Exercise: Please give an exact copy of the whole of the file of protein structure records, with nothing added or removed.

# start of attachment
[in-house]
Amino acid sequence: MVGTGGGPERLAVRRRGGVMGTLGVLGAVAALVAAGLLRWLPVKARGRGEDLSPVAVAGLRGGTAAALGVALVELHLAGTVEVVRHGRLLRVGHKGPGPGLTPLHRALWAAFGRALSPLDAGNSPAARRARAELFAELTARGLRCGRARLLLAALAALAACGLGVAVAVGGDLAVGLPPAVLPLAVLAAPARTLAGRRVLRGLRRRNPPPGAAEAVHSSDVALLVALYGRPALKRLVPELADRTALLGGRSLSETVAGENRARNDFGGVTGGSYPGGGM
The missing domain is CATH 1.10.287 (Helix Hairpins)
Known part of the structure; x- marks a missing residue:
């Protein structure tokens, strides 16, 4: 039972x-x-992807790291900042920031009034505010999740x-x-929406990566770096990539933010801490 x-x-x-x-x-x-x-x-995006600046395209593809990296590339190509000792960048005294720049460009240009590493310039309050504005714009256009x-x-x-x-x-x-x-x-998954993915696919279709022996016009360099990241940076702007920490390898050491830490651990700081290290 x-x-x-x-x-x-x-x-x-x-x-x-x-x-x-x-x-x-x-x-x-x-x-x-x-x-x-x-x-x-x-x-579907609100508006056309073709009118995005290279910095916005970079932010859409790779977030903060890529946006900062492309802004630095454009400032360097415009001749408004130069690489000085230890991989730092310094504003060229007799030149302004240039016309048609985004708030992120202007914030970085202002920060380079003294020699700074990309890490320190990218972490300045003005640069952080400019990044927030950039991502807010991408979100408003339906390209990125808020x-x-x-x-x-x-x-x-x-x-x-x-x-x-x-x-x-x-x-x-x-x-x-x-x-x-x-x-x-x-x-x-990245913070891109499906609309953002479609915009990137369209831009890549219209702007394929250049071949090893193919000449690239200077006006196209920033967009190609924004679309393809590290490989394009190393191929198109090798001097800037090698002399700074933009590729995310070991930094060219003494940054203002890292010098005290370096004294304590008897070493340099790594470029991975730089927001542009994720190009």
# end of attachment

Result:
[in-house]
Amino acid sequence: MVGTGGGPERLAVRRRGGVMGTLGVLGAVAALVAAGLLRWLPVKARGRGEDLSPVAVAGLRGGTAAALGVALVELHLAGTVEVVRHGRLLRVGHKGPGPGLTPLHRALWAAFGRALSPLDAGNSPAARRARAELFAELTARGLRCGRARLLLAALAALAACGLGVAVAVGGDLAVGLPPAVLPLAVLAAPARTLAGRRVLRGLRRRNPPPGAAEAVHSSDVALLVALYGRPALKRLVPELADRTALLGGRSLSETVAGENRARNDFGGVTGGSYPGGGM
The missing domain is CATH 1.10.287 (Helix Hairpins)
Known part of the structure; x- marks a missing residue:
């Protein structure tokens, strides 16, 4: 039972x-x-992807790291900042920031009034505010999740x-x-929406990566770096990539933010801490 x-x-x-x-x-x-x-x-995006600046395209593809990296590339190509000792960048005294720049460009240009590493310039309050504005714009256009x-x-x-x-x-x-x-x-998954993915696919279709022996016009360099990241940076702007920490390898050491830490651990700081290290 x-x-x-x-x-x-x-x-x-x-x-x-x-x-x-x-x-x-x-x-x-x-x-x-x-x-x-x-x-x-x-x-579907609100508006056309073709009118995005290279910095916005970079932010859409790779977030903060890529946006900062492309802004630095454009400032360097415009001749408004130069690489000085230890991989730092310094504003060229007799030149302004240039016309048609985004708030992120202007914030970085202002920060380079003294020699700074990309890490320190990218972490300045003005640069952080400019990044927030950039991502807010991408979100408003339906390209990125808020x-x-x-x-x-x-x-x-x-x-x-x-x-x-x-x-x-x-x-x-x-x-x-x-x-x-x-x-x-x-x-x-990245913070891109499906609309953002479609915009990137369209831009890549219209702007394929250049071949090893193919000449690239200077006006196209920033967009190609924004679309393809590290490989394009190393191929198109090798001097800037090698002399700074933009590729995310070991930094060219003494940054203002890292010098005290370096004294304590008897070493340099790594470029991975730089927001542009994720190009």